Monday, November 26, 2012

Corbels, Arc, Mortises & First Dry Fit

Using my Sketchup model as a reference I drew the shape of the corbels onto the prepared stock, and cut it out roughly on the bandsaw.  Then with sandpaper and a card scraper I smoothed them out to their final shape.

I forgot to take a photo of the setup for drawing the arc, but basically I bowed a piece of plywood to the correct vertical distance at the center point of the arc and traced the curve with a pencil.  Cut it out roughly on the bandsaw, and smoothed it out with sandpaper.

The mortises will be done with my benchtop mortiser, but before I drive out to my brother's shop I need to spend some time marking out where the mortises will be.

Step 1: Mark the height of the mortise using the actual tenon as a guide.
Step 2: Use a marking gauge set to the distance of the cheek of the tenon from the face of the tenoned part to mark where the face-side edge of the mortise will be.  This will ensure that the faces of the parts will be flush to one another when you assemble them.

Step 3: Hold the tenon in place and draw the opposite edge.  It's always better to use the actual part for this measurement.  Introducing a ruler at this point is an unnecessary step that can introduce errors.  If the goal is to make a square hole the exact size of the tenon, the use the tenon as your frame of reference.
Step 4: Hold the tenon in place over the mortise-part like so and indicate the depth you'll need the mortise to be.  This mark will come in handy when setting the mortiser depth stop.
Extra Step: If you screwed up one of the tenons by cutting on the wrong side of the line, like I did, and it's a little smaller than the other one, make sure you mark it clearly and keep track of it the entire time.  It's not a mistake if you hide it inside a perfectly fitting mortise.  :)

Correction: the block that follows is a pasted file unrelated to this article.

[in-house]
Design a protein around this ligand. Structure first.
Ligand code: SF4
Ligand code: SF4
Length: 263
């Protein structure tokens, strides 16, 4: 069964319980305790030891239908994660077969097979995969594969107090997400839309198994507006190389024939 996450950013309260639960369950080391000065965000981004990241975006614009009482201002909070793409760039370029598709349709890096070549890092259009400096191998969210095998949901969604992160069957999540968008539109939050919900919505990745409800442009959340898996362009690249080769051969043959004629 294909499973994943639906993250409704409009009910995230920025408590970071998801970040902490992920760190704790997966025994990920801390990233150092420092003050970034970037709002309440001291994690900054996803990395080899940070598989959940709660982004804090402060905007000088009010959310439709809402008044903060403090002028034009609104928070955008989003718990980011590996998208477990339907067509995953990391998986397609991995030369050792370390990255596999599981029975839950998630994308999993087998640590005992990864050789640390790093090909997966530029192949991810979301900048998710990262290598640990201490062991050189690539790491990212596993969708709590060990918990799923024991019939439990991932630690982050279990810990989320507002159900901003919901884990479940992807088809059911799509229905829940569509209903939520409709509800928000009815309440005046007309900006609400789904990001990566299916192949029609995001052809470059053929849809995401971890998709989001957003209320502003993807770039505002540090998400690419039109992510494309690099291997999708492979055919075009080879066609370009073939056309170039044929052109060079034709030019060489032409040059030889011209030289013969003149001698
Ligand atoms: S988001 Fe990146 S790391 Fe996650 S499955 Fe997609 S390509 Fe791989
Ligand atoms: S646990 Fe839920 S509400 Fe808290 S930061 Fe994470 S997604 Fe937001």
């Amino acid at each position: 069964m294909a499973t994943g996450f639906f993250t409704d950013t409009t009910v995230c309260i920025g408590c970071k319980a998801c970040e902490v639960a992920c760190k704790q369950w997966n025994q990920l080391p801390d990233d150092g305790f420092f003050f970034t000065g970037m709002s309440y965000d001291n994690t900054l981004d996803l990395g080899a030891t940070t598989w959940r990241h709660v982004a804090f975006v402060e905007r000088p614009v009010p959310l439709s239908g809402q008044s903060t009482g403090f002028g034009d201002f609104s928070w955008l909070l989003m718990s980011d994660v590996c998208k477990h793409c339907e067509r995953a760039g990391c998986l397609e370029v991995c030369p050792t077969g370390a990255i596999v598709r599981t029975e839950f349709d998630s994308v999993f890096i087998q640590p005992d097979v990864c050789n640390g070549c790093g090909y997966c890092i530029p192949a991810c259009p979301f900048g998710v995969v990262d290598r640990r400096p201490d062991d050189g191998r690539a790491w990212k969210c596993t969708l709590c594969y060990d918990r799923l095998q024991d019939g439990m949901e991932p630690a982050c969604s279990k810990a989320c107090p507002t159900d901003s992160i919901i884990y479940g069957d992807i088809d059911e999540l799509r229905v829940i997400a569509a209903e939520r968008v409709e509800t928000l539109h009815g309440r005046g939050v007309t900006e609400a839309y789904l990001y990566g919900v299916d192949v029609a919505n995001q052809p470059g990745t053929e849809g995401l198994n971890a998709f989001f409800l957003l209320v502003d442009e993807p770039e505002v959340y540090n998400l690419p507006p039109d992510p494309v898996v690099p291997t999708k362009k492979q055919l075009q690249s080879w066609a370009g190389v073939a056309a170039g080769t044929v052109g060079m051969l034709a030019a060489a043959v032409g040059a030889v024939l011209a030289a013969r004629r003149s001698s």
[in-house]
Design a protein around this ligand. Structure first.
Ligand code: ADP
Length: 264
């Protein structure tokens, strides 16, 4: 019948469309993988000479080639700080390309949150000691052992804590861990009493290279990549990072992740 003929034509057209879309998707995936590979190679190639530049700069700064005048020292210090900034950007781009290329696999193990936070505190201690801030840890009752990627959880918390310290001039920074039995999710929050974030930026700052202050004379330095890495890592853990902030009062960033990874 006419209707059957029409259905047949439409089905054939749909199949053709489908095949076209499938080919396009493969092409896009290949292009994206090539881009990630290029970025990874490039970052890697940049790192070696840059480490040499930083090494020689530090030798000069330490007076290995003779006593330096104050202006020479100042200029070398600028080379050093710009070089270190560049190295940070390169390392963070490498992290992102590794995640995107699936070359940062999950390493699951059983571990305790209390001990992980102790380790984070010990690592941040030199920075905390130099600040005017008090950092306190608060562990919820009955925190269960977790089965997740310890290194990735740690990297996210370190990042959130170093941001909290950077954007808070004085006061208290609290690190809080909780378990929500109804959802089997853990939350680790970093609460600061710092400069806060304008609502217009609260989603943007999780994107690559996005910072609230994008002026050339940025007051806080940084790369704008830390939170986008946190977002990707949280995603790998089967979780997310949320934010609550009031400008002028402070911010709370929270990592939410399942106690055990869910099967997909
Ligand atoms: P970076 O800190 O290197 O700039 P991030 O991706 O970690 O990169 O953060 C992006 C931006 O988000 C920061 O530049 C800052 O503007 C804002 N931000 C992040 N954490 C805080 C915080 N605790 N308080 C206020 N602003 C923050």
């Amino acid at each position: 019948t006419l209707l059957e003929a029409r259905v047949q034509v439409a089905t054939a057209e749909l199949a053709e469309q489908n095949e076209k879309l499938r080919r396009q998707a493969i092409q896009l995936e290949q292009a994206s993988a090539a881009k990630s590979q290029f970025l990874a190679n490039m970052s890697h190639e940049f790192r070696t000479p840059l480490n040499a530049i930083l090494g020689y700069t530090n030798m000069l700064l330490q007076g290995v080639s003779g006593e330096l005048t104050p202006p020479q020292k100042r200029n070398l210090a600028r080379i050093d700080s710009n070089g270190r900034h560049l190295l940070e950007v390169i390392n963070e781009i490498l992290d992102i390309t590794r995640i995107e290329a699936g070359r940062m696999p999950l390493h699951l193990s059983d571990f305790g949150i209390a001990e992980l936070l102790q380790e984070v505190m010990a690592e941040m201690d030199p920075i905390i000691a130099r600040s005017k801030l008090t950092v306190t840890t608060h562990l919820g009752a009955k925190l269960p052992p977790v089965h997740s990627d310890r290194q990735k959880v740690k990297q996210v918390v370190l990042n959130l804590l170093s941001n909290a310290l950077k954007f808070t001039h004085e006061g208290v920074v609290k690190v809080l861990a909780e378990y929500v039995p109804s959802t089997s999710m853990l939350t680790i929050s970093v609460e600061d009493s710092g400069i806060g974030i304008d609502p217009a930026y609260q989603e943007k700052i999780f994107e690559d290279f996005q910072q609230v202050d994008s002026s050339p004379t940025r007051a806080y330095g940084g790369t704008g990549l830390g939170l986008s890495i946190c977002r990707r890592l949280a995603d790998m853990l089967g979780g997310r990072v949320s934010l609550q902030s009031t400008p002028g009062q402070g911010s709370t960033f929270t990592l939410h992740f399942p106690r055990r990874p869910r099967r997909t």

Step 5: I didn't bring my camera to my brother's shop, but drilling the mortises is pretty straight forward.  It's a square chisel with a drill bit inside of it.  It drills square holes.  For the through-mortises I drilled from both sides to prevent grain from spelching out and ruining the look.
(not bad)
(perfect, my best fitting through-mortise & tenon yet)

I used my brother's router table with a straight bit to make the double-stopped rabbets on the stiles.  I'll chisel out the corners by hand.
And here's the final dry fit.  The tenon shoulders need a little tweaking to remove the gaps and bring everything in nice and tight, and I'll probably relieve some of the tenon cheeks so the fit is a little easier so I don't run into trouble during glue-up.

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